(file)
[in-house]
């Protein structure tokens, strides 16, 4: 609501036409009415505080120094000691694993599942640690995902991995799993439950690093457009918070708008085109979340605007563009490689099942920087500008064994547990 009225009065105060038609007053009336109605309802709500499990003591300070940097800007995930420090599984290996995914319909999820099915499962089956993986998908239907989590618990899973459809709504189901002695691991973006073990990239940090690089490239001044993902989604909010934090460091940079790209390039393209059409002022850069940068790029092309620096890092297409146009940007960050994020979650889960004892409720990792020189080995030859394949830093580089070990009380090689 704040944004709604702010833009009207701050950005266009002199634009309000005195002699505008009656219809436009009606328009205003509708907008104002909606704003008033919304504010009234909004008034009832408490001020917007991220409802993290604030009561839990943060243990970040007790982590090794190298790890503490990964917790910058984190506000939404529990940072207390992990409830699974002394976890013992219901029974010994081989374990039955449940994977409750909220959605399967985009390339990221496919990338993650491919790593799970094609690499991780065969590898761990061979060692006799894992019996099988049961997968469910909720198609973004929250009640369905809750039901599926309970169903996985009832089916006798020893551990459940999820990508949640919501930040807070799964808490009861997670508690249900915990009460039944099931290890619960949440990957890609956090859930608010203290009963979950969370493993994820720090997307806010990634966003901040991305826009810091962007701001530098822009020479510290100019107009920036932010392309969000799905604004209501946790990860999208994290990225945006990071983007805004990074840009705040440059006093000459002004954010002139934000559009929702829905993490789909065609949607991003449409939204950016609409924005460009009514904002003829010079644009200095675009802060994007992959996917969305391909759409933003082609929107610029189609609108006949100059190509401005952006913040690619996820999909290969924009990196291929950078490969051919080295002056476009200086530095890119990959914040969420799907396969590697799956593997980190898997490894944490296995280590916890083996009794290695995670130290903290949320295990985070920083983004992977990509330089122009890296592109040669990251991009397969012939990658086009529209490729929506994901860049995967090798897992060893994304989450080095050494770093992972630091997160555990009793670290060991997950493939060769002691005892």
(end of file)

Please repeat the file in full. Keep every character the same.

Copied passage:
[in-house]
């Protein structure tokens, strides 16, 4: 609501036409009415505080120094000691694993599942640690995902991995799993439950690093457009918070708008085109979340605007563009490689099942920087500008064994547990 009225009065105060038609007053009336109605309802709500499990003591300070940097800007995930420090599984290996995914319909999820099915499962089956993986998908239907989590618990899973459809709504189901002695691991973006073990990239940090690089490239001044993902989604909010934090460091940079790209390039393209059409002022850069940068790029092309620096890092297409146009940007960050994020979650889960004892409720990792020189080995030859394949830093580089070990009380090689 704040944004709604702010833009009207701050950005266009002199634009309000005195002699505008009656219809436009009606328009205003509708907008104002909606704003008033919304504010009234909004008034009832408490001020917007991220409802993290604030009561839990943060243990970040007790982590090794190298790890503490990964917790910058984190506000939404529990940072207390992990409830699974002394976890013992219901029974010994081989374990039955449940994977409750909220959605399967985009390339990221496919990338993650491919790593799970094609690499991780065969590898761990061979060692006799894992019996099988049961997968469910909720198609973004929250009640369905809750039901599926309970169903996985009832089916006798020893551990459940999820990508949640919501930040807070799964808490009861997670508690249900915990009460039944099931290890619960949440990957890609956090859930608010203290009963979950969370493993994820720090997307806010990634966003901040991305826009810091962007701001530098822009020479510290100019107009920036932010392309969000799905604004209501946790990860999208994290990225945006990071983007805004990074840009705040440059006093000459002004954010002139934000559009929702829905993490789909065609949607991003449409939204950016609409924005460009009514904002003829010079644009200095675009802060994007992959996917969305391909759409933003082609929107610029189609609108006949100059190509401005952006913040690619996820999909290969924009990196291929950078490969051919080295002056476009200086530095890119990959914040969420799907396969590697799956593997980190898997490894944490296995280590916890083996009794290695995670130290903290949320295990985070920083983004992977990509330089122009890296592109040669990251991009397969012939990658086009529209490729929506994901860049995967090798897992060893994304989450080095050494770093992972630091997160555990009793670290060991997950493939060769002691005892």